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From |
Steve Samuels <sjsamuels@gmail.com> |

To |
statalist@hsphsun2.harvard.edu |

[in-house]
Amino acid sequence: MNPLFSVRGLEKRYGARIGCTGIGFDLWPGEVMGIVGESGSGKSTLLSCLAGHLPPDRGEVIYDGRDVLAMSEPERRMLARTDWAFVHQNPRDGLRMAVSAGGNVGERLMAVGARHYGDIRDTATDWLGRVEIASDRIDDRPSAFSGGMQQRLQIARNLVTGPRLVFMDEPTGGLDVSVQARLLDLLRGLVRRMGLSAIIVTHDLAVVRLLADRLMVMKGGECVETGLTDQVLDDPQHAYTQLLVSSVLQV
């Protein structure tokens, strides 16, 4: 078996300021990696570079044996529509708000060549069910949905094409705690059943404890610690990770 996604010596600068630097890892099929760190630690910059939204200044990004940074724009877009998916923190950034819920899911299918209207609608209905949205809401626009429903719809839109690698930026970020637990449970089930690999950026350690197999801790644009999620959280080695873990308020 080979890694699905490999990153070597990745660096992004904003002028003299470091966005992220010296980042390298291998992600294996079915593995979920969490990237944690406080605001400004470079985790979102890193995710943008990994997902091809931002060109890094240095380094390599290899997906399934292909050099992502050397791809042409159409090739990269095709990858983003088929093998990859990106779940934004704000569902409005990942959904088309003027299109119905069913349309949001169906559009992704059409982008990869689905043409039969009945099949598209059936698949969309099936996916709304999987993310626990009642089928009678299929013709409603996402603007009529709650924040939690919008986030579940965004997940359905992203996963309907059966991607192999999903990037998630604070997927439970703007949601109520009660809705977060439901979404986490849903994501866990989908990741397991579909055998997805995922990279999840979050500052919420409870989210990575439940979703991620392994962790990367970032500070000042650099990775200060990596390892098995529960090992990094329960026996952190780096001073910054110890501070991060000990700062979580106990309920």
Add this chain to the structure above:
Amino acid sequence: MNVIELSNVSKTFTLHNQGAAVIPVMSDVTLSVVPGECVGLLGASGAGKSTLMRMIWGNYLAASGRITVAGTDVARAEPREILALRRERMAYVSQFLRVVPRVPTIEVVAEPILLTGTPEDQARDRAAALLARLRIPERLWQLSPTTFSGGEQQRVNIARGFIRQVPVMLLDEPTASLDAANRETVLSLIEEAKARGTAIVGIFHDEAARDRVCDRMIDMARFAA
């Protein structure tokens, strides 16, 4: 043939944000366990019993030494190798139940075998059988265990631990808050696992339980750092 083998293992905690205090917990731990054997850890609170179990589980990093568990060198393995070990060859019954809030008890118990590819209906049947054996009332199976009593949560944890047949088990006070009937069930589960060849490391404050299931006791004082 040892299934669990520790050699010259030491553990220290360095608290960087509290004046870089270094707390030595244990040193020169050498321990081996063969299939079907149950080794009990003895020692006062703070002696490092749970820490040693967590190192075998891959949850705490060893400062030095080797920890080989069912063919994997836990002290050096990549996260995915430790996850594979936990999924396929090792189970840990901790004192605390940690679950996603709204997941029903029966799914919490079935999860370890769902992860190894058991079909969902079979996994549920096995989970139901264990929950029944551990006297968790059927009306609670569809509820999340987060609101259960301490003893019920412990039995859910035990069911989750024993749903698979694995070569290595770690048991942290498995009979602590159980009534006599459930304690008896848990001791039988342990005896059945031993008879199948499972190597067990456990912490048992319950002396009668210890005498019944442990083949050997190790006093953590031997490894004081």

Subject |
Re: st: pweight + aweight, double weights |

Date |
Sat, 7 Aug 2010 23:11:11 -0400 |